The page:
The Minneapolis-born artist made his name in New York and teaching at Yale University.
Lester Johnson, an artist who was born in Minneapolis and became known in the New York art world of the 1950s, '60s and '70s, died in New York on May 30. He was 91.
Johnson, born in 1919, studed at the Minneapolis School of Art and later, at the St. Paul School of Art. He moved to New York in 1947, and had his first solo show there in 1951. At various times, he shared studio space with Larry Rivers and Philip Pearlstein. Johnson taught for many years in the art department of Yale University, retiring in 1989.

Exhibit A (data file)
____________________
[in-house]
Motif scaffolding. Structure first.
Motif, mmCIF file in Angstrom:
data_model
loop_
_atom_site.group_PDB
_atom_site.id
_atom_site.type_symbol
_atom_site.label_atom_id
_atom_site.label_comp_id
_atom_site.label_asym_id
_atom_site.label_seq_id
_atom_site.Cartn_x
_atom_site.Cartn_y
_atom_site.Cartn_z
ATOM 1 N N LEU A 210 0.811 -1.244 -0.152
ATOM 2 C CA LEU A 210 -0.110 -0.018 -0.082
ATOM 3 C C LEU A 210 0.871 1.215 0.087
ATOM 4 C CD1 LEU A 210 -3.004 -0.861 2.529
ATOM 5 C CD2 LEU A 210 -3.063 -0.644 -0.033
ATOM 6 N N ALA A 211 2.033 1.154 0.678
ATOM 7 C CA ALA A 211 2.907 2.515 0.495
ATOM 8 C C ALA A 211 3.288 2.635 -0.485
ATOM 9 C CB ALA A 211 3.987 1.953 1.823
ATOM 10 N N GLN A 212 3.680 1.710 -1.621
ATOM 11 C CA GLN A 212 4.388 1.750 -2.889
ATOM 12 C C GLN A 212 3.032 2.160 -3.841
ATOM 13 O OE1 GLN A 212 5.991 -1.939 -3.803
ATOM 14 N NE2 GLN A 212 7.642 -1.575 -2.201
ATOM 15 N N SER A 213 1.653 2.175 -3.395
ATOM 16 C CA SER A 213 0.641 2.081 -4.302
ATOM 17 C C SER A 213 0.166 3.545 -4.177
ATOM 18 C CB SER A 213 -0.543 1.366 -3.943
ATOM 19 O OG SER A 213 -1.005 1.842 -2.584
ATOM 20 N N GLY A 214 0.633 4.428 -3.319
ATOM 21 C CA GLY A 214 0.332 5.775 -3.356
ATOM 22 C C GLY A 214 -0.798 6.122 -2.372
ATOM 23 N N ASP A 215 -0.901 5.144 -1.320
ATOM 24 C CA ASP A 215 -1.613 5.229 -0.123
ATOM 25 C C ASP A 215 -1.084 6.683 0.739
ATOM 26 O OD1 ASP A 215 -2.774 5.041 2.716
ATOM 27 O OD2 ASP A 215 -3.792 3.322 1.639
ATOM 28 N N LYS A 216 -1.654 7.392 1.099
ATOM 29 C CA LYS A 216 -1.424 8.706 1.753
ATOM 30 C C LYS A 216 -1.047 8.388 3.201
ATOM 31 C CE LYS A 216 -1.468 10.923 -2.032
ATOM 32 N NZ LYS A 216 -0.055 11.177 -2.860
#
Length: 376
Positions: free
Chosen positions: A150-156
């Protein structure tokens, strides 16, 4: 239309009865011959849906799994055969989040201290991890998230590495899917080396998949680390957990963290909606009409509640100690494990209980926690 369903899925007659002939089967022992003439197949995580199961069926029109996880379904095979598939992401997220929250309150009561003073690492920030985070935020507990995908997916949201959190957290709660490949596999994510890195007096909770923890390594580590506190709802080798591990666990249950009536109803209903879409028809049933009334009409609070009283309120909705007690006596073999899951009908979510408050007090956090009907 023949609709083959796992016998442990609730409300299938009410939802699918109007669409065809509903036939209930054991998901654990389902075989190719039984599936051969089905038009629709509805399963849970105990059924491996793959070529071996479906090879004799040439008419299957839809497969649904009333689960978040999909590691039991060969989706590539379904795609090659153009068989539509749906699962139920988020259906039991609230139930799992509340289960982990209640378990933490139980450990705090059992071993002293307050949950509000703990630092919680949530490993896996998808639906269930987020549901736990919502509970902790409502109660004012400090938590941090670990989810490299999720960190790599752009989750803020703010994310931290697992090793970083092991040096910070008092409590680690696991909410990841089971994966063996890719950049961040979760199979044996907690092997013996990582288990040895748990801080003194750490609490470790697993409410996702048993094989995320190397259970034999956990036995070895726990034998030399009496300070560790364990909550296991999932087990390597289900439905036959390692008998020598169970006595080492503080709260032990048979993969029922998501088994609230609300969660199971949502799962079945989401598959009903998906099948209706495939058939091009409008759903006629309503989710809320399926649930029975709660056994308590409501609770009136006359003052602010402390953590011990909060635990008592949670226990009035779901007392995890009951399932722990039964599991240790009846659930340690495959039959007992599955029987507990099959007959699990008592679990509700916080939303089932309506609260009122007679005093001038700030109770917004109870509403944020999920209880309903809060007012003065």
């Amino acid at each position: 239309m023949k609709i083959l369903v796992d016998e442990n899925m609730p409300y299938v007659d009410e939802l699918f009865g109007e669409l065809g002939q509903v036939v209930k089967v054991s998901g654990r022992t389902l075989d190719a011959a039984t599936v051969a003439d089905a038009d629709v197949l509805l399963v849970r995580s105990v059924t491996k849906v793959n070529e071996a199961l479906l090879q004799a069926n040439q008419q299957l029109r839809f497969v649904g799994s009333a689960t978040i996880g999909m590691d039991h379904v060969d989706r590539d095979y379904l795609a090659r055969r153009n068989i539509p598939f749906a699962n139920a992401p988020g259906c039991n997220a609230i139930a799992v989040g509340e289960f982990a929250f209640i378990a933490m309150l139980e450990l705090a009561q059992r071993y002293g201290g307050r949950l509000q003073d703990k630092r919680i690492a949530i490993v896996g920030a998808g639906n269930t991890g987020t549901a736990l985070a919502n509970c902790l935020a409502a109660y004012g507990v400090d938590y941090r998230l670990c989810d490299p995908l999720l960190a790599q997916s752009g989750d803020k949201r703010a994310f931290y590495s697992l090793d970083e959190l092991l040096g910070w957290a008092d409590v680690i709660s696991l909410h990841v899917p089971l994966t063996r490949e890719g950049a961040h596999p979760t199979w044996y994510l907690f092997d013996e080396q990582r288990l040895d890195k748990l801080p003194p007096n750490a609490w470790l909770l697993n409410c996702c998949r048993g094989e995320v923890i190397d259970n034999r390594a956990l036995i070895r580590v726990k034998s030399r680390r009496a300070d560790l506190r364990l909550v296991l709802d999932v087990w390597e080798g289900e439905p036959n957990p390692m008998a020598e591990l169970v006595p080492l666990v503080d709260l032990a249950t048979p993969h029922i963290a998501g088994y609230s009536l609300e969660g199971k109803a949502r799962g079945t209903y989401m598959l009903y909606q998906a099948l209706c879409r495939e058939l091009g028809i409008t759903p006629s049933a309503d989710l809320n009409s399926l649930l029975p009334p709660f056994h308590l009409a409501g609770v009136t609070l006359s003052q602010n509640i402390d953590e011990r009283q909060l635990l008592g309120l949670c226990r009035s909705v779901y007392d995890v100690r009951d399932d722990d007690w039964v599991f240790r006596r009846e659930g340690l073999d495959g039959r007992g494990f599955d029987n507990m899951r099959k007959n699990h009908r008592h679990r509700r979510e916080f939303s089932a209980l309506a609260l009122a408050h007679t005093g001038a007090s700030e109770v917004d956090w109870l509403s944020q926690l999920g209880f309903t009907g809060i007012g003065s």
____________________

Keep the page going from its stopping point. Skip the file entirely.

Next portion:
His paintings nearly always included the human figure -- men in hats, bathers, women in print dresses, urban crowds -- often rendered expressionistically.
Poet and art critic James Schuyler, reviewing a Johnson show in New York in 1958, wondered: "why are his new canvases so alive, why are they so unequivocally both New York School and, rare bird, Action-Painting with nameable subject matter?" Schuyler praised Johnson's work as "spectacular conceptions filled with nuance" and "a bold delight."
Johnson died at a nursing home in Westhampton, N.Y.